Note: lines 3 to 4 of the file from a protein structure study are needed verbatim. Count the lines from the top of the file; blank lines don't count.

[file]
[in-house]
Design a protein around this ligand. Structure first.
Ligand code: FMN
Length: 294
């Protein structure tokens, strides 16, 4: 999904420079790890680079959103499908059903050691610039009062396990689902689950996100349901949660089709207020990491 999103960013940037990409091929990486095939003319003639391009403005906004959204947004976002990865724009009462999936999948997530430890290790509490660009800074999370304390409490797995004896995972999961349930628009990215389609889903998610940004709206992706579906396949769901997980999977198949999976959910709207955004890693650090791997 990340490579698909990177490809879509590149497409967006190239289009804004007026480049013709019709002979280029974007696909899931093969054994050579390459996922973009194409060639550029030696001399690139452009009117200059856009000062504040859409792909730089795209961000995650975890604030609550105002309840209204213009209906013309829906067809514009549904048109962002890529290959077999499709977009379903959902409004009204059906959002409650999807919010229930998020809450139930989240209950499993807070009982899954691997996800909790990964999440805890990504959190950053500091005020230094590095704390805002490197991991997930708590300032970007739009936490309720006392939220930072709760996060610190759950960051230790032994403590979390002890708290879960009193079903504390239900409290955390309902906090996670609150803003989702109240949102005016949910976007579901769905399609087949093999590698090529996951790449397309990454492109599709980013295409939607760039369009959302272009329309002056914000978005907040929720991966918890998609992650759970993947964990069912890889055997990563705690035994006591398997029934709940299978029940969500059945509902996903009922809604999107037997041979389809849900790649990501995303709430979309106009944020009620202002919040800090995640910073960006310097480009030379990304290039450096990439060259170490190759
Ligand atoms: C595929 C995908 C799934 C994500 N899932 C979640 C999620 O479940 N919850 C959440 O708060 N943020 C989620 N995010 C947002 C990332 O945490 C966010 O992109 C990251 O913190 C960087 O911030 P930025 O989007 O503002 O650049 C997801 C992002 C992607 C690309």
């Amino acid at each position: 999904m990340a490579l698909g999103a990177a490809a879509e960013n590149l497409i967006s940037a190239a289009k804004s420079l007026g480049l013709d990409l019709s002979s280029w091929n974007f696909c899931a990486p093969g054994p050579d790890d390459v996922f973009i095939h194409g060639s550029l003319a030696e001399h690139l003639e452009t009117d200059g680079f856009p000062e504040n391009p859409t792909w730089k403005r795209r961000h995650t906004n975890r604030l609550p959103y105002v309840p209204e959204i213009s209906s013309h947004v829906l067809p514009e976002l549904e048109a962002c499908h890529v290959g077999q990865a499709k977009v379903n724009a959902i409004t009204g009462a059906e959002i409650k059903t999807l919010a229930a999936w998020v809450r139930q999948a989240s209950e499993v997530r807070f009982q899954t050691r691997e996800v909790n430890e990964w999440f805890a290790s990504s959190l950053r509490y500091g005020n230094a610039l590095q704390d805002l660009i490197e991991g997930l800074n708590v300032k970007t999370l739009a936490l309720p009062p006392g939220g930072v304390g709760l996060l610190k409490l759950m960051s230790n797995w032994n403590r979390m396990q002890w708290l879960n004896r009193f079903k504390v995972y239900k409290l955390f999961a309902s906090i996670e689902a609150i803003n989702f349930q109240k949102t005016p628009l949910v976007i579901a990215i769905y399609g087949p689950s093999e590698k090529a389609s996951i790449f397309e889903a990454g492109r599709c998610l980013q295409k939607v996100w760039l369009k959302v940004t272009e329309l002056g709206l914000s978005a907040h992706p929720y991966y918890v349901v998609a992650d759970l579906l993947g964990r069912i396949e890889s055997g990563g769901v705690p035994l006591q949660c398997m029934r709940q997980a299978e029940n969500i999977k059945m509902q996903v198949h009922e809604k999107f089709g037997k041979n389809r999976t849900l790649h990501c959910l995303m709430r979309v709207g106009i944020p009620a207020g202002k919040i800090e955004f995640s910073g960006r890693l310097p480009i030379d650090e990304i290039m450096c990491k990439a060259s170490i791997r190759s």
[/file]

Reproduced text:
Ligand code: FMN
Length: 294